Justice Articles from 2018

Veteran CIA Analyst Ray McGovern Assaulted By Police While Protesting Nomination Of Gina Haspel

[Justice]
Veteran CIA Analyst Ray McGovern Assaulted By Police While Protesting Nomination Of Gina Haspel
by Elizabeth Vos
Posted May 11, 2018

Ray McGovern assaulted by police during protestGina Haspel, President Trump’s pick for CIA Director, is notorious among CIA veterans for her implementation of illegal and ineffective torture programs, which often took place overseas at [illegal] ‘black sites.’ Her apparent gusto for violence eventually earned her the nickname ‘Bloody Gina.’ The aura of violence surrounding Haspel is so potent that it manifested in her own confirmation hearing, in the form of the violent police response to protestors including Ray McGovern, CIA veteran analyst and co-founder of Veteran Intelligence Professionals for Sanity (VIPS).

McGovern was severely injured by police as he vocalized opposition to the nomination of Gina Haspel as CIA Director. Multiple cell phone videos captured the fact that, despite being brutally assaulted by police officers, McGovern was able to clearly state that Haspel was a key figure in the implementation of illegal torture programs at overseas black sites, including one in Thailand. More…

Perjury, Lying Deeply Ingrained into American Police Culture

[Justice]
Perjury, Lying Deeply Ingrained into American Police Culture
by Kali Holloway
Posted May 8, 2018

police perjury common study findsPolice officers lie under oath in court so often that they’ve even given the practice a nickname. “Behind closed doors, we call it testilying,” New York City police officer Pedro Serrano told the New York Times. “You take the truth and stretch it out a little bit.”

The term, the Times notes, came into common usage among cops about 25 years ago, but the issue of police perjury is far older, a problem African Americans have complained of for many decades. In rare instances, those with intimate knowledge have publicly acknowledged not only how rampant testifying is, but also how rarely cops caught in the act face consequences.

More than 50 years after Younger’s broadside, a newly released Times study has turned up more than two-dozen instances of police lying in court since January 2015—and these confirmed cases “are almost certainly only a fraction” of the real total. The ubiquity of plea deals, which effectively halts cases before they’re weighed by a court, means “the possibility that an officer lied is seldom aired in public.” Even when false police testimony comes to public light, court papers are generally sealed and an officer’s misdeed protected from scrutiny. More…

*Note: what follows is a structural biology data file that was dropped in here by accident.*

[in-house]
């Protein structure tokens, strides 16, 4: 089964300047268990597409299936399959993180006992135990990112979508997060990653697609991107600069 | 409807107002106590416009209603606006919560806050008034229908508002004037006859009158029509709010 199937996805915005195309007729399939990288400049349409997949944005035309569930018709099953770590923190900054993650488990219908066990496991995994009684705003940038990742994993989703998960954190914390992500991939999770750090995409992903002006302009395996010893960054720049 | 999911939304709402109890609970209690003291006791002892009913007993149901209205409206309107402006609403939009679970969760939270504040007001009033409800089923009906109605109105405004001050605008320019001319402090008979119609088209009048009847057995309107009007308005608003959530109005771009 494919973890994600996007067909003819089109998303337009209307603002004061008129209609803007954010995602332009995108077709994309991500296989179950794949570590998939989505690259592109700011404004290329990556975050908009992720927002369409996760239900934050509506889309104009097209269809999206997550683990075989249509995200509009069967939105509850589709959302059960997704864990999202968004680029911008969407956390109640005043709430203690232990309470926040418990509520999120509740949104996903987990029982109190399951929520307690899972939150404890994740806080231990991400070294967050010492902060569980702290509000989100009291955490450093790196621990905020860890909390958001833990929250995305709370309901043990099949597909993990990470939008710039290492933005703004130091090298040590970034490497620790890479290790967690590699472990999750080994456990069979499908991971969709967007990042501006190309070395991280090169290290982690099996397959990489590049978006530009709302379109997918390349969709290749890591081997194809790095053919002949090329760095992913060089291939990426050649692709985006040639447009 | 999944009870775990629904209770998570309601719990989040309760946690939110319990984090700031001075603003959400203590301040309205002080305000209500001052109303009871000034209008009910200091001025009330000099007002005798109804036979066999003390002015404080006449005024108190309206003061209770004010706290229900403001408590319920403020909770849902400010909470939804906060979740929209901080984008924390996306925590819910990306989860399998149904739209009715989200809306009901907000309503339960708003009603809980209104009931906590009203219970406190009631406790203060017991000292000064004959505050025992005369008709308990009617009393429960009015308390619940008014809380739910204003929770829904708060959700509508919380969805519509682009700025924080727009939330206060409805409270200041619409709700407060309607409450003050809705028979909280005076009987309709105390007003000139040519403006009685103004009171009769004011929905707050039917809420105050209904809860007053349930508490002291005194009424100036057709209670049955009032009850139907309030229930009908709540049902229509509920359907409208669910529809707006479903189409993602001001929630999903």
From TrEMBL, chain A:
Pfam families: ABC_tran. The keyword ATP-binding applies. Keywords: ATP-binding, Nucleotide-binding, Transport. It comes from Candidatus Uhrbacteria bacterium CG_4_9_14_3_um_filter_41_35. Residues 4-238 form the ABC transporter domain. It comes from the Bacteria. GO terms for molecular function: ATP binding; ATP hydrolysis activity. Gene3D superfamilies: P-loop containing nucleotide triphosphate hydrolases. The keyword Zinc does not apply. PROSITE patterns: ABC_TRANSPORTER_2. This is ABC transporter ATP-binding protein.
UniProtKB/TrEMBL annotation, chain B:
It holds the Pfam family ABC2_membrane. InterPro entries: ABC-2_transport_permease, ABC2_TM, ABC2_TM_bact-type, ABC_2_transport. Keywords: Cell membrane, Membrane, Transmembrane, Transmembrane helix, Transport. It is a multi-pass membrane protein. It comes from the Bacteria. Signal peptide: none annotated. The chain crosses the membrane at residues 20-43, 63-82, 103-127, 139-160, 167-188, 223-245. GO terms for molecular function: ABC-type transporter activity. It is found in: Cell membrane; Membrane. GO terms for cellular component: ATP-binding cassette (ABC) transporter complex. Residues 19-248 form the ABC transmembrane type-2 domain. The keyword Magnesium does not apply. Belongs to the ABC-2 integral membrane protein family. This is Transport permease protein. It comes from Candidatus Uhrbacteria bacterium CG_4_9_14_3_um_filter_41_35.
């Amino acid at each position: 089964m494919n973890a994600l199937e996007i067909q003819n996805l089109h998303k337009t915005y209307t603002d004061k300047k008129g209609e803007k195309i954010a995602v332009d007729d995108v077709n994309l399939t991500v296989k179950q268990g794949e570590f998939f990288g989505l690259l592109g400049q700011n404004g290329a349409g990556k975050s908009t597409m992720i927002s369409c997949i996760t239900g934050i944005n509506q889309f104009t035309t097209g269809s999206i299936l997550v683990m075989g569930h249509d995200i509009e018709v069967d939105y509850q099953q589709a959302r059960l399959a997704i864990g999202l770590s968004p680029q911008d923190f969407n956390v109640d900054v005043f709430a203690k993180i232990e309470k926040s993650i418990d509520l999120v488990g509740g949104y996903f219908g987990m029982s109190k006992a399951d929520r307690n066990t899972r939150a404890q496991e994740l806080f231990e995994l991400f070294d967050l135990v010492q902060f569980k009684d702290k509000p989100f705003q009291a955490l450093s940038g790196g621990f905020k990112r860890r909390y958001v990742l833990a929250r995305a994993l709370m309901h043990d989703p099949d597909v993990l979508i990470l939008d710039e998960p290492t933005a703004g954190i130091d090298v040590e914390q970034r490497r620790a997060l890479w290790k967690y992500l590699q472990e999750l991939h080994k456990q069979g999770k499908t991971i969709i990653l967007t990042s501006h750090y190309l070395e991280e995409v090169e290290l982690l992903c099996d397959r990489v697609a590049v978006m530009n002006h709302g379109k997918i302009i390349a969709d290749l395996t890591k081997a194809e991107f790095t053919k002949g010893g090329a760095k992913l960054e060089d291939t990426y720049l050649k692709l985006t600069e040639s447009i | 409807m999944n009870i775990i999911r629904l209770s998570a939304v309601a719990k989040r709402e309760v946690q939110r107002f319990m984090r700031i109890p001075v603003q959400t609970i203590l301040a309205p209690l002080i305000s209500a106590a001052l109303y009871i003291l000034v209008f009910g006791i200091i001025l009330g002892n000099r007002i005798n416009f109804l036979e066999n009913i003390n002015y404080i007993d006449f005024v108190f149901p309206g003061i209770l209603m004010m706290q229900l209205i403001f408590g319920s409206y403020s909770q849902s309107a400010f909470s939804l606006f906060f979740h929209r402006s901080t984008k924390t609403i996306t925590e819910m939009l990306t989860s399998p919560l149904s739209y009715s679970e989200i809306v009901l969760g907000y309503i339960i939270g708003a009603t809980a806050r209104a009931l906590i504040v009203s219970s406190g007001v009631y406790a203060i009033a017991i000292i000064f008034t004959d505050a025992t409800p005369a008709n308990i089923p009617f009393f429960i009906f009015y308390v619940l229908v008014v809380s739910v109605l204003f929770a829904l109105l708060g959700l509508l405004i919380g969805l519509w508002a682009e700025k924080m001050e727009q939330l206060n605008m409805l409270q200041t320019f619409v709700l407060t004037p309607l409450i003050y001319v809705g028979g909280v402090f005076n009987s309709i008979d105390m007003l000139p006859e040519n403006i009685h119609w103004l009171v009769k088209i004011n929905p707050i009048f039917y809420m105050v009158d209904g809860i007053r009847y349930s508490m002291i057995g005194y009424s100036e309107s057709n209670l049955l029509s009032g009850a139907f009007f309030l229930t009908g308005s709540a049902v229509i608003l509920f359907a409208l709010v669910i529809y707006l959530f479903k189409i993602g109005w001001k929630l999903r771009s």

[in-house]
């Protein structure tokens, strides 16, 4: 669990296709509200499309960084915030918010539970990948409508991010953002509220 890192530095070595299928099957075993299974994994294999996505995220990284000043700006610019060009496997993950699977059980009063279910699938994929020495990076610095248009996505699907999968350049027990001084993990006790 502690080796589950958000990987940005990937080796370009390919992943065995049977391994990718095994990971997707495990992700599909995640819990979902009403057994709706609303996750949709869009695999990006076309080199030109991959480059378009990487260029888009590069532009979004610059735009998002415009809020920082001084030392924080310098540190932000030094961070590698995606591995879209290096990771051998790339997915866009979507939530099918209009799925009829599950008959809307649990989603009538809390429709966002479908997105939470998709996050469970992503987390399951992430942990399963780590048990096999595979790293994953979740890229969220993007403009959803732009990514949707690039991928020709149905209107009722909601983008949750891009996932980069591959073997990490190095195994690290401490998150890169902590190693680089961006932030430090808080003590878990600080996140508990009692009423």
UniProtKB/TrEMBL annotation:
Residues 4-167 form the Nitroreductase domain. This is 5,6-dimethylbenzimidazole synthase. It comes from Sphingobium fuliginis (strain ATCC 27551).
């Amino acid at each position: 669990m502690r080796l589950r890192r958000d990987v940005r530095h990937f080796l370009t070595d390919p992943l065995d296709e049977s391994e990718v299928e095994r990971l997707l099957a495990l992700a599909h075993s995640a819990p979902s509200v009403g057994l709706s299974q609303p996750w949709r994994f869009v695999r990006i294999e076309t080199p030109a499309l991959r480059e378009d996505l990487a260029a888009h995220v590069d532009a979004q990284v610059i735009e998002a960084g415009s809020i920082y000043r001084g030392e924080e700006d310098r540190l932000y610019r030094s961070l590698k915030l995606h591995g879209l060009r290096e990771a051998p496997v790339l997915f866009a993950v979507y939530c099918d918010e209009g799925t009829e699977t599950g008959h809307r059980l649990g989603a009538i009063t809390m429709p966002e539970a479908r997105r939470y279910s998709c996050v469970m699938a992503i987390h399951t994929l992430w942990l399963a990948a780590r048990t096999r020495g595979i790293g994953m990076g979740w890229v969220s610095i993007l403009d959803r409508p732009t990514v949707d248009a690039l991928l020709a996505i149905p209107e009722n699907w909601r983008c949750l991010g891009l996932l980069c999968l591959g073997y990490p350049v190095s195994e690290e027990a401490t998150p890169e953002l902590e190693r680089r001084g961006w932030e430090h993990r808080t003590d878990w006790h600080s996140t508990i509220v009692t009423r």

Morell’s Virtual Whitewash on the Destruction of CIA Videos

[Justice]
Morell’s Virtual Whitewash on the Destruction of CIA Videos
by Katherine Hawkins and Scott Roehm
Posted May 8, 2018

US executed Japanese soldiers who waterboarded GIsOn Friday, April 20 the CIA declassified a memo, written in 2011 by then-Deputy Director Mike Morell, about the destruction of 92 videotapes of “enhanced interrogations” at the agency’s prison in Thailand. Gina Haspel, President Trump’s nominee to lead the CIA, played a central role in that affair. Morell wrote that “I have found no fault with the performance of Ms. Haspel,” that she “acted appropriately” in drafting the cable authorizing the tapes’ destruction, and that the ultimate decision to destroy them came from Jose Rodriguez, the head of the clandestine service, for whom Haspel served as chief of staff. News organizations ran stories with headlines like “CIA Releases Report Clearing Haspel in Destruction of Waterboarding Tapes”, which the CIA posted on its Twitter feed.